RAM question

This is a discussion on RAM question within the C++ Programming forums, part of the General Programming Boards category; How much RAM does it take for every integer? What about a char or char[256]? I haven't been able to ...

  1. #1
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    RAM question

    How much RAM does it take for every integer? What about a char or char[256]? I haven't been able to find any decent tutorials on objects (i guess i can initialize one but i cant get them to interact) i have been simply declaring lots of variables, but I assume that wastes memory
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  2. #2
    Code Goddess Prelude's Avatar
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    >How much RAM does it take for every integer?
    sizeof (int) bytes.

    >What about a char or char[256]?
    sizeof (char) bytes and sizeof (char) * 256 bytes.

    >i have been simply declaring lots of variables, but I assume that wastes memory
    Don't worry about it, memory is in abundance currently and I seriously doubt you'll be writing anything memory intensive soon if you had to ask this question.
    My best code is written with the delete key.

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    each compiler (Operating system?) uses a different amount of memory to store any given type. Some will use 4 bytes to store an int, some 8, some 16, and maybe even some 32; who knows. Using the sizeof() operator as indicated by Prelude will let you know what your compiler/system uses.

    who knows, I may even be mixing up bytes and bits. Doesn't matter. sizeof() is the key to finding out.

  4. #4
    Cat
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    32 byte long integers? I don't know of any processor that uses 256-bit numbers; certainly not natively.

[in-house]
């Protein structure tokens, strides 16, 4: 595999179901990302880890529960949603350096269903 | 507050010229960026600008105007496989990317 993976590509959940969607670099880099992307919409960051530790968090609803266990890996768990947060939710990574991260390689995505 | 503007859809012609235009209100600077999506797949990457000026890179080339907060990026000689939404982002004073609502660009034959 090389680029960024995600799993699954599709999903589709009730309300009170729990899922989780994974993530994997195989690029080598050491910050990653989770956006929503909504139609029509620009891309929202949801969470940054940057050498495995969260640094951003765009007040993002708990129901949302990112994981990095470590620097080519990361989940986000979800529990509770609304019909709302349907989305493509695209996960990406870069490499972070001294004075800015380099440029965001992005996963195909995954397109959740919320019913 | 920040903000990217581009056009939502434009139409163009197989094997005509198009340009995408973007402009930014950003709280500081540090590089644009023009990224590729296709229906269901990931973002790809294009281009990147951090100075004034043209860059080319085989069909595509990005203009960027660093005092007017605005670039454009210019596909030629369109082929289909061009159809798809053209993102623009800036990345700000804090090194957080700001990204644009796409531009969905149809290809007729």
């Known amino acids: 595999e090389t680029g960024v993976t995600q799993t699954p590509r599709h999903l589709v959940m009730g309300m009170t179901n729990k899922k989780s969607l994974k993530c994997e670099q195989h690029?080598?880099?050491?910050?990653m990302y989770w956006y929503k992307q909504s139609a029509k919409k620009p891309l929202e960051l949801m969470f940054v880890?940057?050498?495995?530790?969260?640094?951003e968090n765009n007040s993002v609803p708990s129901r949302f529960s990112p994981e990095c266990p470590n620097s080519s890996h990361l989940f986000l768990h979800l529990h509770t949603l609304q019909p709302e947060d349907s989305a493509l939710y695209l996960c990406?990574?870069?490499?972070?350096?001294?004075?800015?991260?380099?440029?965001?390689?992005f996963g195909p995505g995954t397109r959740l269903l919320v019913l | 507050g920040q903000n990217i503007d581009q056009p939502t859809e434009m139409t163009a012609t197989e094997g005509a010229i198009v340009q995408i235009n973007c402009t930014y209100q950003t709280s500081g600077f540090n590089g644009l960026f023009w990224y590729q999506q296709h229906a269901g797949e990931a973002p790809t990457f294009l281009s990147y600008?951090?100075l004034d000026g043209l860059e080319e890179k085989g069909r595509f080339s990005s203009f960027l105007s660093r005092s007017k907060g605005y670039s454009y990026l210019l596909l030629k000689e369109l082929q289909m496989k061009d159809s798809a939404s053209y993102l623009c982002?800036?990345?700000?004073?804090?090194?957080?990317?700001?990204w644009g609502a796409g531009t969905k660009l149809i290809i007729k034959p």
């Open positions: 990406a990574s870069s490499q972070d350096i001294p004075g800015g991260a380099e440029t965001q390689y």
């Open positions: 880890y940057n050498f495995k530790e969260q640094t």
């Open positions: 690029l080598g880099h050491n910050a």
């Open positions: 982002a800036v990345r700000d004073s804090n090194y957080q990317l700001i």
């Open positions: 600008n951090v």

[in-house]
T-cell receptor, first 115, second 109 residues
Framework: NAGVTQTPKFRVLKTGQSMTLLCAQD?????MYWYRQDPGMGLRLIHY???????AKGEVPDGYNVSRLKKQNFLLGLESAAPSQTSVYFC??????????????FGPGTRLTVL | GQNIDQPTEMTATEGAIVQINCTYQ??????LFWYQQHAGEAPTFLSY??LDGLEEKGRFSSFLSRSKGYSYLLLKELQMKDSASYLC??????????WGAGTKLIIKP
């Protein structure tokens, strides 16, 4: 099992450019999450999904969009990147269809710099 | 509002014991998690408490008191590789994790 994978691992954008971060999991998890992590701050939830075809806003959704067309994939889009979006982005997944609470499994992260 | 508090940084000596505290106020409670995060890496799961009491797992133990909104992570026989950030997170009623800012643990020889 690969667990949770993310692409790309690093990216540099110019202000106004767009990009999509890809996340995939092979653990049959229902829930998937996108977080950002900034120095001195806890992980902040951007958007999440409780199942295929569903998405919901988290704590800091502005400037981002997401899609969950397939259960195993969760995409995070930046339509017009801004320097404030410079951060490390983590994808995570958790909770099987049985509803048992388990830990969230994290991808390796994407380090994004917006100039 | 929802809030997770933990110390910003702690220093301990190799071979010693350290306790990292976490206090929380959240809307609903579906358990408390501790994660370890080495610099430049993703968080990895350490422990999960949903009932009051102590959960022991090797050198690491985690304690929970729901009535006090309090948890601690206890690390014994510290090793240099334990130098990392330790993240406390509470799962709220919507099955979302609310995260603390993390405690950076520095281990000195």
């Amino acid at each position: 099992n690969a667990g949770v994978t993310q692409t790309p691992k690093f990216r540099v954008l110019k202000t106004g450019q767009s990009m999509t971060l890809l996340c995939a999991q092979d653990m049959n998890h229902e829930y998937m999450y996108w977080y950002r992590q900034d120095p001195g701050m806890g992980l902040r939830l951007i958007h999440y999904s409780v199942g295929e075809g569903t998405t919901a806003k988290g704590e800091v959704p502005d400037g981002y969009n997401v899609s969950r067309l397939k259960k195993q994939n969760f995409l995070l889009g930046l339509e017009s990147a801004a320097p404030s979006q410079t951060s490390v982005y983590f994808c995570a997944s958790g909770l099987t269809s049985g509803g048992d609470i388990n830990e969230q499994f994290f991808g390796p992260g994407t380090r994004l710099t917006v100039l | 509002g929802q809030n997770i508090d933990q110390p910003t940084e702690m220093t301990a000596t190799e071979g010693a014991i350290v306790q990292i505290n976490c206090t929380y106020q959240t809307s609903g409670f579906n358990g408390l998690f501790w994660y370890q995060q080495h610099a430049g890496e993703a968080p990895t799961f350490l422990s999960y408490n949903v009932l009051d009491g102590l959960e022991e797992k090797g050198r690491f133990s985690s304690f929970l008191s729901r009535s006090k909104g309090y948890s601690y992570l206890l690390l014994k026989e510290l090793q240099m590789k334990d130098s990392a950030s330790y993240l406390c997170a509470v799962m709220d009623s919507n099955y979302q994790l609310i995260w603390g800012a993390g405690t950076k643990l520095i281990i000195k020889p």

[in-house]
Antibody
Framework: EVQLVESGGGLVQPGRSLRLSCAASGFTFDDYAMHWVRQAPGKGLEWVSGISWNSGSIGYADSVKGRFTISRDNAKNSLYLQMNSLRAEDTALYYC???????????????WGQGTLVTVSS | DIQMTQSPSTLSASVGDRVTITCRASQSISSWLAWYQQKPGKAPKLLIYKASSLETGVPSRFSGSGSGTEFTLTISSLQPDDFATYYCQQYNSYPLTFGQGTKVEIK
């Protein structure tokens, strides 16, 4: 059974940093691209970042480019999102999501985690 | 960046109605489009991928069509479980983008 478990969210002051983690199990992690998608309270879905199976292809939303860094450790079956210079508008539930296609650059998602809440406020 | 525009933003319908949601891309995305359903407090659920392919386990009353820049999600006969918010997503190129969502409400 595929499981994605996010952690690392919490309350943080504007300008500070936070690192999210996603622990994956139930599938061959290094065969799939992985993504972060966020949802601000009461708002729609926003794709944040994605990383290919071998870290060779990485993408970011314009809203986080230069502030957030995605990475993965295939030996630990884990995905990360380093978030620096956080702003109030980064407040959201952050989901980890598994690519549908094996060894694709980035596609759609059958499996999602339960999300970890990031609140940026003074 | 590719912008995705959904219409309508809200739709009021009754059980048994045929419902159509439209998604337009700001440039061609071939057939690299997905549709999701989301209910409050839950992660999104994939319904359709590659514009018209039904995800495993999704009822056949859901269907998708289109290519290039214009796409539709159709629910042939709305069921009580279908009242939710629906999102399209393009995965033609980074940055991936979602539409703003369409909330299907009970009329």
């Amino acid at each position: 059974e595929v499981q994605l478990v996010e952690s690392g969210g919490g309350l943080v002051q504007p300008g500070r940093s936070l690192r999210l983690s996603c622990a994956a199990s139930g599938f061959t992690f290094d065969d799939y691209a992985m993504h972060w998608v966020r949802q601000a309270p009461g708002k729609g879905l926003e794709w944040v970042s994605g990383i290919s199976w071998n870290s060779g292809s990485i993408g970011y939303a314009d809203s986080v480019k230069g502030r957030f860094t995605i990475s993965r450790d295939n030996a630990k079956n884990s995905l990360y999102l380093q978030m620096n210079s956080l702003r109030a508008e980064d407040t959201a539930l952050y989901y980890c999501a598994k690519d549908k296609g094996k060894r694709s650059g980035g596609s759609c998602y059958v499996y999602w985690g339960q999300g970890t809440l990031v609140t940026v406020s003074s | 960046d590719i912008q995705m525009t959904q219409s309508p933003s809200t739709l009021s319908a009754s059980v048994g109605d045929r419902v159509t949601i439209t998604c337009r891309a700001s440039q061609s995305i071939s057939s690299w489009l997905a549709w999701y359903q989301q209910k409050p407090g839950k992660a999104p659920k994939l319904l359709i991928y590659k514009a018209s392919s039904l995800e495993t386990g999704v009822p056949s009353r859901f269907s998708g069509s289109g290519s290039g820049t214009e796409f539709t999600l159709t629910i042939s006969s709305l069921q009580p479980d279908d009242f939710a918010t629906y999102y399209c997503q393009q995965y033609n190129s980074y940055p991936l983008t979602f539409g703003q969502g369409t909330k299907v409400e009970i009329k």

On your run of the mill 32-bit x86 machine, compiled for MS Windows, the primitives take the following amounts of space:

    char - one byte (8 bits)
    short - two bytes (16 bits)
    int - four bytes (32 bits)
    long - four bytes (32 bits)
    Pointers - four bytes (32 bits)

    There are also 64 bit data types, but they aren't primitives.

    It does completely depend, though, on the platform you develop on. In general, char is the size of the characters (usually 7, 8 or 9 bits), int is the size of the processor's accumulator register. Sizeof() is the foolproof way to know how much space your variable will take.

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    geek SilentStrike's Avatar
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    I'd consider a double both primative and 64 bit.

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    Registered User dalek's Avatar
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    I don't know of any processor that uses 256-bit numbers
    Absolutely, 640K will be enough memory to take us into the 21st century and beyond!

    I think elad was just being rhetorical..

  7. #7
    Cat
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    Originally posted by SilentStrike
    I'd consider a double both primative and 64 bit.
    Umm... d'oh? I guess I wasn't thinking about floating-point numbers.

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